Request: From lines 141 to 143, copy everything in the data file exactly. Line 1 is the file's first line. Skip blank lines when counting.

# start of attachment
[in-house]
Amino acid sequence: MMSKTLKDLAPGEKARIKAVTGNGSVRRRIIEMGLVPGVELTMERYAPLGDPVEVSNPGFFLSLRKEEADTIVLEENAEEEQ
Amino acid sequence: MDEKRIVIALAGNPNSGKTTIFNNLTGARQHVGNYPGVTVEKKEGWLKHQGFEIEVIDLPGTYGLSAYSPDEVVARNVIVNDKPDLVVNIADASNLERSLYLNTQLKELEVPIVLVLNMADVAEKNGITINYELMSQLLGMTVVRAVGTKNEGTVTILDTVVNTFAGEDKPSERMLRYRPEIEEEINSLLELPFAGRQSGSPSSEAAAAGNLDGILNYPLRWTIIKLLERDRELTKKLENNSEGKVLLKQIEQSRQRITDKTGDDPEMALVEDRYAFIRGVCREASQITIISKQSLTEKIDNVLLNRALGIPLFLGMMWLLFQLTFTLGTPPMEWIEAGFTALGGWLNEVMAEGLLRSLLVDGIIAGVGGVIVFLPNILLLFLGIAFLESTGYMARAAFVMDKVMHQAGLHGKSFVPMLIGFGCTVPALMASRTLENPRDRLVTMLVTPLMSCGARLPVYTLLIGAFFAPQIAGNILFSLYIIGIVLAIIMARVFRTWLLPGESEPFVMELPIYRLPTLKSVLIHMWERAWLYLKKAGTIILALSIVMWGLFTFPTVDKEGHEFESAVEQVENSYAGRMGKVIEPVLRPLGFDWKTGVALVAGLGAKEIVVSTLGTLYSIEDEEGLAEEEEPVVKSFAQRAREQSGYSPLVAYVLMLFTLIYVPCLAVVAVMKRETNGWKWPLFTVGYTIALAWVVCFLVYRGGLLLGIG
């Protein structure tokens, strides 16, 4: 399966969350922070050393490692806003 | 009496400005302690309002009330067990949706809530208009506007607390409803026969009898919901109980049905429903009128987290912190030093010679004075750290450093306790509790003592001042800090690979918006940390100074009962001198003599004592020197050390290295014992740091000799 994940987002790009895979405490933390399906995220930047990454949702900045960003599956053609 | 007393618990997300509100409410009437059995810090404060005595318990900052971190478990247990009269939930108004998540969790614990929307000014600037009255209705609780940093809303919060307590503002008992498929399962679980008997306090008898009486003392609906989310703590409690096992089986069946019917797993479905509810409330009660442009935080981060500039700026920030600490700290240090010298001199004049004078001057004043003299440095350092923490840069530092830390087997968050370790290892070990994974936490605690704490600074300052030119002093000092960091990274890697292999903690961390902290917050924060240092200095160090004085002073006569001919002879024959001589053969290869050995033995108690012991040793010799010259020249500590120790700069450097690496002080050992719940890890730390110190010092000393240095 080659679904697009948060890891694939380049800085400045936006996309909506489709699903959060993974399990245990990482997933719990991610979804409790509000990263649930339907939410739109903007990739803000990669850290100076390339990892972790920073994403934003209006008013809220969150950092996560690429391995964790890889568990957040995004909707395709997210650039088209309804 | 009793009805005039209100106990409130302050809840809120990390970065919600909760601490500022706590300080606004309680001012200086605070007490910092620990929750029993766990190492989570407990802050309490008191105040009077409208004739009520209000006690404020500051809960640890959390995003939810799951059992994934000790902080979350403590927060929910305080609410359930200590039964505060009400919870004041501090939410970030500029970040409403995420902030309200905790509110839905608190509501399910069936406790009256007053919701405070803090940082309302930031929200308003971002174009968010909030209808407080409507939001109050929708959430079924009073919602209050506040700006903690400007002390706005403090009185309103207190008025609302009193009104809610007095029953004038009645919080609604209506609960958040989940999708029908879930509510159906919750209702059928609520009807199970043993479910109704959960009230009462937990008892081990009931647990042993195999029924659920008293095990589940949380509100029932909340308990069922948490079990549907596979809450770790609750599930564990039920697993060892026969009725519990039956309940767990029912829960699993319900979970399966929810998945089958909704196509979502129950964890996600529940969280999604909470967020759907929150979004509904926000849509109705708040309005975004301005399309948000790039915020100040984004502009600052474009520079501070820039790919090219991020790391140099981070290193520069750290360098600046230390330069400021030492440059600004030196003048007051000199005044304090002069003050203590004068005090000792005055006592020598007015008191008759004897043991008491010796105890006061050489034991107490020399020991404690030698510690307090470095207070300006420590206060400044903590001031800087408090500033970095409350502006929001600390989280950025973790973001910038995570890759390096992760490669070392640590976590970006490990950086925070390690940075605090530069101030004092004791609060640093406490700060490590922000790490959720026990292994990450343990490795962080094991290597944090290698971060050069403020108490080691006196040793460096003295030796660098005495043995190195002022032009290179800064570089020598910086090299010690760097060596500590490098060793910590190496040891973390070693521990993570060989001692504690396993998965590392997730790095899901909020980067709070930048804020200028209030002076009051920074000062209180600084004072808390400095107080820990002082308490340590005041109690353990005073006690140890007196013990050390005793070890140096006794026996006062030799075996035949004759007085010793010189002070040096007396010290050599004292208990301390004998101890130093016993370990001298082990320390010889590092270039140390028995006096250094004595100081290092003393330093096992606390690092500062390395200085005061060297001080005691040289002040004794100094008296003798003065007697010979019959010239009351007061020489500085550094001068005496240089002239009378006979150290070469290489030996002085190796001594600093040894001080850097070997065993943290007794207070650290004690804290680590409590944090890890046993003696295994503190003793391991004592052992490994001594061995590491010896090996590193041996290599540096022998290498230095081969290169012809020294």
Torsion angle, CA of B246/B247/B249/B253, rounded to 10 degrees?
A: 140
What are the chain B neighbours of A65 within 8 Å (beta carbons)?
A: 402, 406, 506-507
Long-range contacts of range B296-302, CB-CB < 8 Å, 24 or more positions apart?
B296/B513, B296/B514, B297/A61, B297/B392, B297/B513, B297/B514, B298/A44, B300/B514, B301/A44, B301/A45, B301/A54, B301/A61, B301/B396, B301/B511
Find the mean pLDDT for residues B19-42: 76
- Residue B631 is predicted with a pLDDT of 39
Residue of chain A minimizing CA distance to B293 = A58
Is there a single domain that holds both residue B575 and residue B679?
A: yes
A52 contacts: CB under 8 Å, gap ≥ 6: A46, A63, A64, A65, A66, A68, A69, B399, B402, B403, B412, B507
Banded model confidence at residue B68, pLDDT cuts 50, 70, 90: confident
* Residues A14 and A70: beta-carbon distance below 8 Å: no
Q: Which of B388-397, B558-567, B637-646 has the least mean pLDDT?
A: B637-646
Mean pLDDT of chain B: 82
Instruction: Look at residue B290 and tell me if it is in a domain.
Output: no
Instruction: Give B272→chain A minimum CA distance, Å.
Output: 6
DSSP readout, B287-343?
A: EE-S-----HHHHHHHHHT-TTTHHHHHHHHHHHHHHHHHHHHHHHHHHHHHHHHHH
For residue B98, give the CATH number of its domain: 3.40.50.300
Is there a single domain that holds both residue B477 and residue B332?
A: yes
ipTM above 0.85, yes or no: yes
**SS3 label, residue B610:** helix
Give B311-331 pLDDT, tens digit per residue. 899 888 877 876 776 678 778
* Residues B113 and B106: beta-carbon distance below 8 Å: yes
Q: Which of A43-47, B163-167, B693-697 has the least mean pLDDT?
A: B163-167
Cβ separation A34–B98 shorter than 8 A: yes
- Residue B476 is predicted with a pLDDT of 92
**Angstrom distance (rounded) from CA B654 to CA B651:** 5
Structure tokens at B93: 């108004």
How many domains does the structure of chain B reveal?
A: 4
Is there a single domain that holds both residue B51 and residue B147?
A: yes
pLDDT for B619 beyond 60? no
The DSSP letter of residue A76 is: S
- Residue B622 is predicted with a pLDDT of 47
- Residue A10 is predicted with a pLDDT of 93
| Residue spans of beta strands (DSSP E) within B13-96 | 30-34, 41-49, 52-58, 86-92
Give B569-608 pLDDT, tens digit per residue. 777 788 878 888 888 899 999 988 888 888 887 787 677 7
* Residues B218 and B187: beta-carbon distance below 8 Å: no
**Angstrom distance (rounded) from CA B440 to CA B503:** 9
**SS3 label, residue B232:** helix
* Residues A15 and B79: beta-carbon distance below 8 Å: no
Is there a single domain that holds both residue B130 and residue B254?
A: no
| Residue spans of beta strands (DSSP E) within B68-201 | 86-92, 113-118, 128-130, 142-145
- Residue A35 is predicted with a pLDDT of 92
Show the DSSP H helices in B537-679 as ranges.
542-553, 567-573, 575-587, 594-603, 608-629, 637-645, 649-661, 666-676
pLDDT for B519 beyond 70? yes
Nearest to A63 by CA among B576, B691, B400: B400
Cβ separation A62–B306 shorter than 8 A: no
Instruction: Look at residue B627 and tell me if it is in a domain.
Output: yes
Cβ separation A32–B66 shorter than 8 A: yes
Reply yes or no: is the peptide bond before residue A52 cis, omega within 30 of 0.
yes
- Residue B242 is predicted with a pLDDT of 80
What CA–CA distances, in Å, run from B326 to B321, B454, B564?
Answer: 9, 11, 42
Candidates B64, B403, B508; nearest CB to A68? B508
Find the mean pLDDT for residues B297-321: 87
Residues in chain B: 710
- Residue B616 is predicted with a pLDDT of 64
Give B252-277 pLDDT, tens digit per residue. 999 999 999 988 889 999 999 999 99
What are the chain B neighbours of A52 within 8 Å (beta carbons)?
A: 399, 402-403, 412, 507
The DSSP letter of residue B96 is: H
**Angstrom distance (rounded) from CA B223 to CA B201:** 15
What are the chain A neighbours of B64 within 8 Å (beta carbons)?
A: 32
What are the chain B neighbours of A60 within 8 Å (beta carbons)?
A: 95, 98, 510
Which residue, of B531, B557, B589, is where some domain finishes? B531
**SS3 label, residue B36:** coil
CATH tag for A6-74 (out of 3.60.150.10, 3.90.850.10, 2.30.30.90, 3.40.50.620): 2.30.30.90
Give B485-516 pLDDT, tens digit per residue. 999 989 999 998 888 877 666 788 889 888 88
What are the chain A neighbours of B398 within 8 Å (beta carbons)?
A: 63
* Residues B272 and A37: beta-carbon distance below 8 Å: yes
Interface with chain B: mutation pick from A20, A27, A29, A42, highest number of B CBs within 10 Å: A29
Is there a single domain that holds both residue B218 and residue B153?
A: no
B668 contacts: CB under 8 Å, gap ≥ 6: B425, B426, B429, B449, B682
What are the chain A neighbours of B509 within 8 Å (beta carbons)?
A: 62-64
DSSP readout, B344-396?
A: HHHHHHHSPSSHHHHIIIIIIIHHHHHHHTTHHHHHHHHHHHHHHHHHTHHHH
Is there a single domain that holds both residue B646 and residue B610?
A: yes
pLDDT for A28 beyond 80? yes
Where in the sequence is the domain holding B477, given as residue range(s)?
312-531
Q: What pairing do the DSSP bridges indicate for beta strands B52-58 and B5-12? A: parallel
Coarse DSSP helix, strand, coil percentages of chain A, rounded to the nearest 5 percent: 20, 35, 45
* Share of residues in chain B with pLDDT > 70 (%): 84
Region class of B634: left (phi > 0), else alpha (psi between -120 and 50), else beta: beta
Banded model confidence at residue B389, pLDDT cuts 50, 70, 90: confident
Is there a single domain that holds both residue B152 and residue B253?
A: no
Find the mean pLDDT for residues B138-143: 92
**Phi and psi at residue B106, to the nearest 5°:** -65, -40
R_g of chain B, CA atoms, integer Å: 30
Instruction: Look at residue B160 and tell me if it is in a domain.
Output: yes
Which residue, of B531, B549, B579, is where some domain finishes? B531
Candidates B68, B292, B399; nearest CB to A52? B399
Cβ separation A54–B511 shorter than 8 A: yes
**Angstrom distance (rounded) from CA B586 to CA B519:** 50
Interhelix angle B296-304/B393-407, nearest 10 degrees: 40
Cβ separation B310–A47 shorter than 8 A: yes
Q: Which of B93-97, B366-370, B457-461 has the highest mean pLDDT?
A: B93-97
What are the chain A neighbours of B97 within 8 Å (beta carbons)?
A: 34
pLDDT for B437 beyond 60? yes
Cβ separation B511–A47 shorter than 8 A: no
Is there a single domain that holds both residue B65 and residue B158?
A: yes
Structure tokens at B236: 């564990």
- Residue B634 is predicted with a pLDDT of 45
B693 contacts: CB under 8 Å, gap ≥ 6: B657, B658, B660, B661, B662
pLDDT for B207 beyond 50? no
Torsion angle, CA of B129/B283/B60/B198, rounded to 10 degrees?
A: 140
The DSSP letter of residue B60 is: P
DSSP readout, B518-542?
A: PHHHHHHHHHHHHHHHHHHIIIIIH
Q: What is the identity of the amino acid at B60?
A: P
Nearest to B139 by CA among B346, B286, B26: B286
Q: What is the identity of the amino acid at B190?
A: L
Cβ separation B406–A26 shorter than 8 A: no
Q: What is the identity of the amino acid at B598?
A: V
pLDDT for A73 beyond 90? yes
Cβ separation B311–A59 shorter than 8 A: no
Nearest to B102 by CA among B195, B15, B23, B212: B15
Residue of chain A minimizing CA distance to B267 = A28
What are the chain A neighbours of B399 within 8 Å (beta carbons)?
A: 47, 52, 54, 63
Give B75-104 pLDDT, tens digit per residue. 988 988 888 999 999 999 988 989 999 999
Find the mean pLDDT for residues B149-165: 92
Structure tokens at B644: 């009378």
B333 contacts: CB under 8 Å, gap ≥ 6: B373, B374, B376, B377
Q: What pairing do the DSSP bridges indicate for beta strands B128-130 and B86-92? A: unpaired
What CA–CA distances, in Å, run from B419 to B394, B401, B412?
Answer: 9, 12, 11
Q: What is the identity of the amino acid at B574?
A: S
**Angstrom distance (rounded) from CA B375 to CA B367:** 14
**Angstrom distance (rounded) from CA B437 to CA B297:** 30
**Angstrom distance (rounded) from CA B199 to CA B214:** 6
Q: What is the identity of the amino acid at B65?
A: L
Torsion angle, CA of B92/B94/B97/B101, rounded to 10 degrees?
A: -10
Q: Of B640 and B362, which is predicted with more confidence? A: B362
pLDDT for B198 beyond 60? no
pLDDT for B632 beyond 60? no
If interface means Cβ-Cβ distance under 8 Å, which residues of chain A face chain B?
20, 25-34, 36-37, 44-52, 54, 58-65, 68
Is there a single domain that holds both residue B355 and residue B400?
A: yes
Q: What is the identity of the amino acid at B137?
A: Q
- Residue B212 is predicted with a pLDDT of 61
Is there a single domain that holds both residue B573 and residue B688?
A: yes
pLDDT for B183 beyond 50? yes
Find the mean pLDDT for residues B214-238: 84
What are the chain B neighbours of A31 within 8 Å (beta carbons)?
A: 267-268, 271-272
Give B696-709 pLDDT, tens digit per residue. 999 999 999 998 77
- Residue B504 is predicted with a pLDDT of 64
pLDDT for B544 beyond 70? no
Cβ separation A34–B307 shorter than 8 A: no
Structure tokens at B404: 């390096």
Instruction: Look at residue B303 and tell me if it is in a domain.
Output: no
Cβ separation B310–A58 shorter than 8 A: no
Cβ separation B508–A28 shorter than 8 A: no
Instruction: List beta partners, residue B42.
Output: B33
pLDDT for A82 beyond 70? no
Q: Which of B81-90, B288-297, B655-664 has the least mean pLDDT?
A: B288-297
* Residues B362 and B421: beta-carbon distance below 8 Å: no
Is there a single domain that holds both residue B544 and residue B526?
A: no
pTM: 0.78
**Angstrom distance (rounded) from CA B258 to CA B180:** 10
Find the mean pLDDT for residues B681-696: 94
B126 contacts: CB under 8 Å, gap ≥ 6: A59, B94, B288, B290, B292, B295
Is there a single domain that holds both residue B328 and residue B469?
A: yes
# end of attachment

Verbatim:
A: P
Nearest to B139 by CA among B346, B286, B26: B286
Q: What is the identity of the amino acid at B190?